Lameness Evaluations

Lameness severity is typically evaluated on a scale of 1 to 5, the higher number indicating a more significant degree of impairment. Typically the veterinarians at DPEC will initially assess the area by visually looking for any outward injuries (cuts or swelling). Flexion tests may also be performed with further checking the hooves for any sign of injury. After the initial assessment, a typical procedure is to perform regional limb anesthesia (nerve blocks) to help pinpoint the area affected. Once the area is determined, the radiographs or ultrasound are performed to determine which particular structures are involved.



Pre-Purcahse Exam in and out of the clinic


Interleukin-1 Receptor Antagonist Protein Therapy is used for treatment of osteoarthritis. The IRAP protein, naturally present in the body, is collected from the patient, concentrated, and then re-injected into the diseased joint. The IRAP therapy has been shown to be effective in treating arthritic joints that have not responded to more traditional intra-articular therapy.

Shockwave Therapy

In human medicine, shockwave therapy has been used for over 25 years to treat a number of urolgic and orthopedic conditions. Shockwaves are high-energy sound waves, which are transmitted to the affected body part. There, they trigger the body's natural repair mechanisms by stimulating immune-competent cells. Thus, a lasting healing response is achieved without any side-effects.

How is shockwave treatment performed?

After diagnosing the problem, the veterinarian determines whether the condition is suitable for shockwave treatment. This is usually done on an outpatient basis at your doctor's clinic. The horse only requires a mild sedation, so it remains standing throughout the procedure. Treatment usually takes 10-20 minutes. The details of the subsequent resting and follow-up requirements should be discussed with your veterinarian. Usually, the horse can leave within 1-2 hours.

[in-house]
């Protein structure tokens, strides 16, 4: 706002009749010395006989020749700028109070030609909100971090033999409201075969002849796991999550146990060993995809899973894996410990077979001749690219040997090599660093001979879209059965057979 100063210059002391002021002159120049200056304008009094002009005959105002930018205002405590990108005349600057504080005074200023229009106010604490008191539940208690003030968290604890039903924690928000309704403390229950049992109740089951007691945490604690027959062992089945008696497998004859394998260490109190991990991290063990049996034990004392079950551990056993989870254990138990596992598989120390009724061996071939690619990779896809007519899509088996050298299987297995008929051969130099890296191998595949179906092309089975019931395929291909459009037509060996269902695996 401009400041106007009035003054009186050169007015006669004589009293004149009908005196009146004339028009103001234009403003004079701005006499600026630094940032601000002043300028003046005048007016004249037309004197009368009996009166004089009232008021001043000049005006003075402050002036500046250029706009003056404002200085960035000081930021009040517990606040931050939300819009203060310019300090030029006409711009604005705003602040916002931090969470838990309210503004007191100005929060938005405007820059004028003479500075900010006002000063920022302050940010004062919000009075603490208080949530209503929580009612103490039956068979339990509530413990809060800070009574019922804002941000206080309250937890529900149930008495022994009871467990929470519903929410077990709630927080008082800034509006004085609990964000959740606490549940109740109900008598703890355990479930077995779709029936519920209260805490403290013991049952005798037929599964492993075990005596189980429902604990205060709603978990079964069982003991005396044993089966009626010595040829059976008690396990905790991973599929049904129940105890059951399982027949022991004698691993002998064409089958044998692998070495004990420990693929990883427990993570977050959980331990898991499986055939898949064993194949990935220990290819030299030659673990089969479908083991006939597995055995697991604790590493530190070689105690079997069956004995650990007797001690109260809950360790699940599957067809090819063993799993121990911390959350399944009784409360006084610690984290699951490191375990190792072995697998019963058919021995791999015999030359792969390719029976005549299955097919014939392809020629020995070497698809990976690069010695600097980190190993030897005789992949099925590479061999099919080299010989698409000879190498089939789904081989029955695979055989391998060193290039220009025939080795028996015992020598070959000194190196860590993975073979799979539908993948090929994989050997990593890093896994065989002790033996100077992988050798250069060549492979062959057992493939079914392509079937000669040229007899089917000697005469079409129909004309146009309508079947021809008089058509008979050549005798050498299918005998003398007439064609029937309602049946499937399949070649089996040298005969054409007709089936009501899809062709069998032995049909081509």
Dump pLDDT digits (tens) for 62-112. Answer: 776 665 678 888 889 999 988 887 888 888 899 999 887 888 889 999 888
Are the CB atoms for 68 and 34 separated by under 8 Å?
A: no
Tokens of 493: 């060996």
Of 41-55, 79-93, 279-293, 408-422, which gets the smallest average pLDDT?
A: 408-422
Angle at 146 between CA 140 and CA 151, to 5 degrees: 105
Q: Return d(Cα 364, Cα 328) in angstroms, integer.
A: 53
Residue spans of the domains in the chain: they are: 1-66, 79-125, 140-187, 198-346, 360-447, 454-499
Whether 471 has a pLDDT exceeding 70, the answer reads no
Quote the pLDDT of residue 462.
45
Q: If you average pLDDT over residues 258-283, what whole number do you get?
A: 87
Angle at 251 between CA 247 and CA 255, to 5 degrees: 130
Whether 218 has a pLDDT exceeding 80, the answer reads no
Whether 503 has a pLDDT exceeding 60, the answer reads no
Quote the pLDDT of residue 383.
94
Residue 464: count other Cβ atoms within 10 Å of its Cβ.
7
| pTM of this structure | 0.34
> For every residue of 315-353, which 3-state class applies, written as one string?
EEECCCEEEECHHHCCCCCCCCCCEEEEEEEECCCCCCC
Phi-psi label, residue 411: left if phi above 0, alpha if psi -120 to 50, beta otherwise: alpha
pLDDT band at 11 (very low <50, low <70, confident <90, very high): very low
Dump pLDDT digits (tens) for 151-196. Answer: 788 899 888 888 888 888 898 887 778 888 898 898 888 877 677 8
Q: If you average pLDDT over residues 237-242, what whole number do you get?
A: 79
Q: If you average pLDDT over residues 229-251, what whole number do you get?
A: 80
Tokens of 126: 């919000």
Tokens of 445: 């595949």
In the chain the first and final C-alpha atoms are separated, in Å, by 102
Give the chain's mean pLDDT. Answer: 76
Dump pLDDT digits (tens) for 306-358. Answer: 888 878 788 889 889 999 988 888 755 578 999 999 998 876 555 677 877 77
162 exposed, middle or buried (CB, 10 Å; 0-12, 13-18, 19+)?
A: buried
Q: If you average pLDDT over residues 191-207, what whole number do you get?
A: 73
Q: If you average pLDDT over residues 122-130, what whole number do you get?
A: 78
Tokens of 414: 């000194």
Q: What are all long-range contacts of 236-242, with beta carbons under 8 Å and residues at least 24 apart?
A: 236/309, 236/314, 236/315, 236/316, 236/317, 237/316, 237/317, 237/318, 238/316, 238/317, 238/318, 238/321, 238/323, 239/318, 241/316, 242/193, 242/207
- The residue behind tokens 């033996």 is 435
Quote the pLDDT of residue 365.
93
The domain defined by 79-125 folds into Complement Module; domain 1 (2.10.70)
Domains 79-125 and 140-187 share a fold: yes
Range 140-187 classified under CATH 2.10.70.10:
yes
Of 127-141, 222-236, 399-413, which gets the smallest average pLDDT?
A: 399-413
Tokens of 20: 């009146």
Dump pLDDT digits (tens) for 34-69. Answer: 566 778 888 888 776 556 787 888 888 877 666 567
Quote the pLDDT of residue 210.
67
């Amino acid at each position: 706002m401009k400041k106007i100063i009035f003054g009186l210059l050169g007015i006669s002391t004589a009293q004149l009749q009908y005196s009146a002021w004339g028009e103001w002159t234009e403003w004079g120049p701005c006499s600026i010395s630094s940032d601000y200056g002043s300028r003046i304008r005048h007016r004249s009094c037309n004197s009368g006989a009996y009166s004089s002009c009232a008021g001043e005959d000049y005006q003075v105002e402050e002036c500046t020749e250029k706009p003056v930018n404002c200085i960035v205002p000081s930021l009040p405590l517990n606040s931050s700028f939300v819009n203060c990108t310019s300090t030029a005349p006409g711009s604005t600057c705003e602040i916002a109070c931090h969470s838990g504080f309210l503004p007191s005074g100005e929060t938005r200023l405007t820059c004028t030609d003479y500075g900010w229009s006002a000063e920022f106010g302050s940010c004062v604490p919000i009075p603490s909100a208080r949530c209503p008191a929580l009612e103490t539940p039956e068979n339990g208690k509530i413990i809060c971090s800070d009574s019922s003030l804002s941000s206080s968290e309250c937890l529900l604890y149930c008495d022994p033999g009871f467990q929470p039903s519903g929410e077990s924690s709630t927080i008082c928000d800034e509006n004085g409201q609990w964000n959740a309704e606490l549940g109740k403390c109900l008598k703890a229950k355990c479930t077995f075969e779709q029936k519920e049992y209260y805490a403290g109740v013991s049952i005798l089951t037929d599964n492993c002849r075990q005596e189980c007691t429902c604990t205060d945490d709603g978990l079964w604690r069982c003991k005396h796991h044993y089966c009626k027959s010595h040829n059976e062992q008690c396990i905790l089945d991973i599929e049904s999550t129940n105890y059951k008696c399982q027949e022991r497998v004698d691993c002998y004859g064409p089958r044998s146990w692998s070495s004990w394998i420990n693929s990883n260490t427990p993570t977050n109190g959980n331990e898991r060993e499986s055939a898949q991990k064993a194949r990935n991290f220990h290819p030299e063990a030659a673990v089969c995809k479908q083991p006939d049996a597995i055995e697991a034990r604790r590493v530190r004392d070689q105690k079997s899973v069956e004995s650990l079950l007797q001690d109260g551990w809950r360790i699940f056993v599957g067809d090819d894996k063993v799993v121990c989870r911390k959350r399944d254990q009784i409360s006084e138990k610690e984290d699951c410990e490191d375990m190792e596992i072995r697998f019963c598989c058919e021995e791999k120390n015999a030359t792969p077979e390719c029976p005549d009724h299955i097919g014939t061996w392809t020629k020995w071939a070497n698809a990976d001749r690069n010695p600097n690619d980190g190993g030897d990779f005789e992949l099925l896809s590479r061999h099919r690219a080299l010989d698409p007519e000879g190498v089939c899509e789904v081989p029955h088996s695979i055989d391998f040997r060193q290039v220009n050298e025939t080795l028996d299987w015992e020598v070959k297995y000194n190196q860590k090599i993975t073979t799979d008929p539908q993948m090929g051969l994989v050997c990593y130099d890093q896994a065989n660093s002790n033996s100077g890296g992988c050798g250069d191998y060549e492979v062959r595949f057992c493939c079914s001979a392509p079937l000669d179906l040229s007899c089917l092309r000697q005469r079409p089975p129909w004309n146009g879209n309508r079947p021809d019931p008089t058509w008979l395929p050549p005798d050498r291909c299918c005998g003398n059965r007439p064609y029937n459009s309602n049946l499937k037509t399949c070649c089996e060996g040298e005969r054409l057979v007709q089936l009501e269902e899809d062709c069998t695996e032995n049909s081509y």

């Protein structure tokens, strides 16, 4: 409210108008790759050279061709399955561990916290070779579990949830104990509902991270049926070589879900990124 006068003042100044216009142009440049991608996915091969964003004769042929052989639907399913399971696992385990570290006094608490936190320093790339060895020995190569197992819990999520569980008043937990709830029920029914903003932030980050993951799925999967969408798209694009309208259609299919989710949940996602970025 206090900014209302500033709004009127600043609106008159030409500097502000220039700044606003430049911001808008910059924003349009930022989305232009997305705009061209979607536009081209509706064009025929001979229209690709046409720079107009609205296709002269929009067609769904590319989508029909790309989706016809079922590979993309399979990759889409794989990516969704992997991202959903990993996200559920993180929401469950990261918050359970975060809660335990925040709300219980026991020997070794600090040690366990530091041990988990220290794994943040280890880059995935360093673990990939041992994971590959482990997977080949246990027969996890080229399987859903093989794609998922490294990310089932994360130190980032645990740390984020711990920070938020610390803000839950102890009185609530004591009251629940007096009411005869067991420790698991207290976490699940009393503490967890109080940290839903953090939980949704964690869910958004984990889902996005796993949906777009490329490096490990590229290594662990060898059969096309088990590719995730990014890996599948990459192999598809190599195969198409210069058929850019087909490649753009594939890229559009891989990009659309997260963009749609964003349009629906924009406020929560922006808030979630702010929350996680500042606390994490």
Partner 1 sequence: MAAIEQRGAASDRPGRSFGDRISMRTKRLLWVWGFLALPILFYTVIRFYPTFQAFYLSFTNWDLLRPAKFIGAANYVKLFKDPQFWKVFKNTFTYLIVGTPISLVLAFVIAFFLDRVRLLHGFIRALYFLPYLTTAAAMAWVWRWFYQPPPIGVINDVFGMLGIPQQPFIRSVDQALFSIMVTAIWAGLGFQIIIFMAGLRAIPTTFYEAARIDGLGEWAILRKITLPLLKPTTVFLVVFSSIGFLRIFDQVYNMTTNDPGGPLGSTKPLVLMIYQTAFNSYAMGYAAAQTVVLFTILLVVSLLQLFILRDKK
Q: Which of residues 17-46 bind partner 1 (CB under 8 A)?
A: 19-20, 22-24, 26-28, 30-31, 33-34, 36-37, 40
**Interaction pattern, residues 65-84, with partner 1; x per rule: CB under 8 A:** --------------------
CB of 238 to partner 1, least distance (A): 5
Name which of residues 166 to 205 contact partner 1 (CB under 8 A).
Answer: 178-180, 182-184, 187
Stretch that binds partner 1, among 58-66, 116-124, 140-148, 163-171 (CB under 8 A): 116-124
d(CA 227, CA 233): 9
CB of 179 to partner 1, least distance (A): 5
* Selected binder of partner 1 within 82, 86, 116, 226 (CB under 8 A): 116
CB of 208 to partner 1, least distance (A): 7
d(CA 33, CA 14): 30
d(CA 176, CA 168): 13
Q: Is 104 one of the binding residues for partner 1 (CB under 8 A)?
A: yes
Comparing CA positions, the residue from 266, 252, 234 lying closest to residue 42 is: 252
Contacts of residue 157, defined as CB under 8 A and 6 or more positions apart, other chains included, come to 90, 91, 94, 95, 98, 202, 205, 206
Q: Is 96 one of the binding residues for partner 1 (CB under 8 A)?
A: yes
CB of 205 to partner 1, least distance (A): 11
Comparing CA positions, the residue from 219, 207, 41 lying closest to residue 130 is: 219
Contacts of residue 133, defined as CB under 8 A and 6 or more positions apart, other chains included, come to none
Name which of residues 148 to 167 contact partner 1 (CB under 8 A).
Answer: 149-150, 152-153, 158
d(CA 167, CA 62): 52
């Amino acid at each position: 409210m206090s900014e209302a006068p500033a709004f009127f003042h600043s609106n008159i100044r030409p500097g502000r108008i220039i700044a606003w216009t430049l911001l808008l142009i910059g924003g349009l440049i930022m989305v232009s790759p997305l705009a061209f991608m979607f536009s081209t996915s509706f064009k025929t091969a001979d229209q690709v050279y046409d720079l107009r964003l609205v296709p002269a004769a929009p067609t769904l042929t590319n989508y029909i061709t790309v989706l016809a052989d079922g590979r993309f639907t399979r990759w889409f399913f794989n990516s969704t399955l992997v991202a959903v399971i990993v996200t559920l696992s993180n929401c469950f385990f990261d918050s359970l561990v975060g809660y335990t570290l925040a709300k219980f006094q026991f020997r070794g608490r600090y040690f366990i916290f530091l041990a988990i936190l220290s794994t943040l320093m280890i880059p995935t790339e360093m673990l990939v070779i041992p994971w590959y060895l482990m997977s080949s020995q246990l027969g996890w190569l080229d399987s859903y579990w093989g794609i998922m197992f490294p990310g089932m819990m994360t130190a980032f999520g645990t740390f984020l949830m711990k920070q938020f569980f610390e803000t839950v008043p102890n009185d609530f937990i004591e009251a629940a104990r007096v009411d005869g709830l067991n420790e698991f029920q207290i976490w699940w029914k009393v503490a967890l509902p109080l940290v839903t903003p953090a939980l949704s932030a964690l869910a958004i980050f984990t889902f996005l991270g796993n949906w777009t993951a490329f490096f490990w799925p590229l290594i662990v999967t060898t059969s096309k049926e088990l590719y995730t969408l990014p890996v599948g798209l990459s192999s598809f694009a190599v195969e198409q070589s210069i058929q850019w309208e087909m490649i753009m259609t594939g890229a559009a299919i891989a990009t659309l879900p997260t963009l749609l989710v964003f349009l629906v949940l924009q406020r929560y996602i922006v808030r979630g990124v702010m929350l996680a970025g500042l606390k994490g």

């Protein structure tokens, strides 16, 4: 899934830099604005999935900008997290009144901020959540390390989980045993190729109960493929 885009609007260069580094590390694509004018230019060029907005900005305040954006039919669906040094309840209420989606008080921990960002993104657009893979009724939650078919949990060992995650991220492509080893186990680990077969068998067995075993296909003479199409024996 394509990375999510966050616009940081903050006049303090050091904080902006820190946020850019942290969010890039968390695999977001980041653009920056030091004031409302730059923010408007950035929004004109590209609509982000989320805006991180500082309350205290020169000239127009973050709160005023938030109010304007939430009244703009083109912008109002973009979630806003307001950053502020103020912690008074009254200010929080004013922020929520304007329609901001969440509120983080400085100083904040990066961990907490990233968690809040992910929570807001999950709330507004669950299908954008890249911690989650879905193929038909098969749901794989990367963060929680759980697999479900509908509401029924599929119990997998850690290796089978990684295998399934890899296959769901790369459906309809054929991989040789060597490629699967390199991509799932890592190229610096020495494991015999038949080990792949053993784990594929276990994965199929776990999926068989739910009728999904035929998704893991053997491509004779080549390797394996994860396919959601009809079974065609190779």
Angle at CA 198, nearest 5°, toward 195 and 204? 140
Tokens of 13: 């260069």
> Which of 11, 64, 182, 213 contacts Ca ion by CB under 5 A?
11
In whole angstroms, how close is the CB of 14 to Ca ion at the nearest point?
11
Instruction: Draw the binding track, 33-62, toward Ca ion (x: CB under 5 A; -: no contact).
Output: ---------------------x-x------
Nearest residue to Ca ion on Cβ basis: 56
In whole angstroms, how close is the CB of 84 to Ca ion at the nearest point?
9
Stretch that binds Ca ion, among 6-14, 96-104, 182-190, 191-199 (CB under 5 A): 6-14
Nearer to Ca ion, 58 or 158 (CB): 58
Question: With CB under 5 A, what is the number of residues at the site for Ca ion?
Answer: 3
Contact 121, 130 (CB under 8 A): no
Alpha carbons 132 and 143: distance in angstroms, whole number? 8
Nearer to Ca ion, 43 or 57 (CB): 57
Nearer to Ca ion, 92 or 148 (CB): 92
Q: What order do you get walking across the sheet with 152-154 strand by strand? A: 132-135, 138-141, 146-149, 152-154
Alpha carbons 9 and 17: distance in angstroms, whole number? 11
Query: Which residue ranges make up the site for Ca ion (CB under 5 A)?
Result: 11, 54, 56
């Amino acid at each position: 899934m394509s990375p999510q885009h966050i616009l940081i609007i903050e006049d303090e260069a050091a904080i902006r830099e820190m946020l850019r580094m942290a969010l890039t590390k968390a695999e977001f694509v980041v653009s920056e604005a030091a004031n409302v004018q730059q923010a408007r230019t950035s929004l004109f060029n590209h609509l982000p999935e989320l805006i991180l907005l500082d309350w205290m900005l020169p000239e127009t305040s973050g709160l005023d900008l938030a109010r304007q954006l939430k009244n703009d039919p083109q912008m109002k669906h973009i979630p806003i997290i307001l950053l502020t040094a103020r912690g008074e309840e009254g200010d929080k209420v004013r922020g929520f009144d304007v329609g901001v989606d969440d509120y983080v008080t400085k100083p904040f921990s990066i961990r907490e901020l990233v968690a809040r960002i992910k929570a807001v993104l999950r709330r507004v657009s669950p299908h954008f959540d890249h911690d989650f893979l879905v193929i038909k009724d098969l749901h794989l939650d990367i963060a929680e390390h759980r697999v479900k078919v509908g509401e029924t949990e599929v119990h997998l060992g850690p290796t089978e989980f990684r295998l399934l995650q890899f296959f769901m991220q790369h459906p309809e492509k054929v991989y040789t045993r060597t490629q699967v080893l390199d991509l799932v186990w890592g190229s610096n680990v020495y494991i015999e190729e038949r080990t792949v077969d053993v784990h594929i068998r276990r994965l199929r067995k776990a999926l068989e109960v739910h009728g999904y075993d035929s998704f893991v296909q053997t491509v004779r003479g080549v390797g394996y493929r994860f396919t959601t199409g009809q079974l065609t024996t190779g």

New Foal

For which conditions is shockwave therapy suitable?

Shockwave therapy with the EquiTron and VersaTron is recommended for a number of conditions including, but not limited to the following:

  • Desmopathies
  • Tendinopathies
  • Fractures
  • Stress Fractures
  • Joint Diseases
  • Navicular Syndrome
  • "Sore Back"
  • Kissing Spine Disease


Game Ready

DPEC provides game ready to treat injured horses. Delivering dry cold and active compression, it utilizes the same physical therapy and athletic training principles relied on by human athletes, calling for the use of RICE (Rest, Ice, Compression, and Elevation). This system is used for post-workout therapy, chronic lameness, acute lameness, cellulitis, tendonitis, pre and post operative care, bowed tendons, stocked up legs, wind puffs, and more.

New Foal

Joint Injections

A sound horse maintains balanced joint function. But joints that bend and give to absorb that that shock are comprised of structures- bone, cartilage, soft tissues, protective synovial fluid- that call all break down. Many things can go wrong with an equine joint, but one of the most common problems is arthritis or degenerative joint disease. Thus potentially leading to progressive destruction of joint structures. There is no cure for this disease, but managing it starts with a veterinarian lameness exam to confirm diagnosis. The most common joints to inject include the hock, pastern, coffin joint, fetlock, carpal (knee), and stifle joint. The most common intra-articular injections used are steroids and hylauronic acid.



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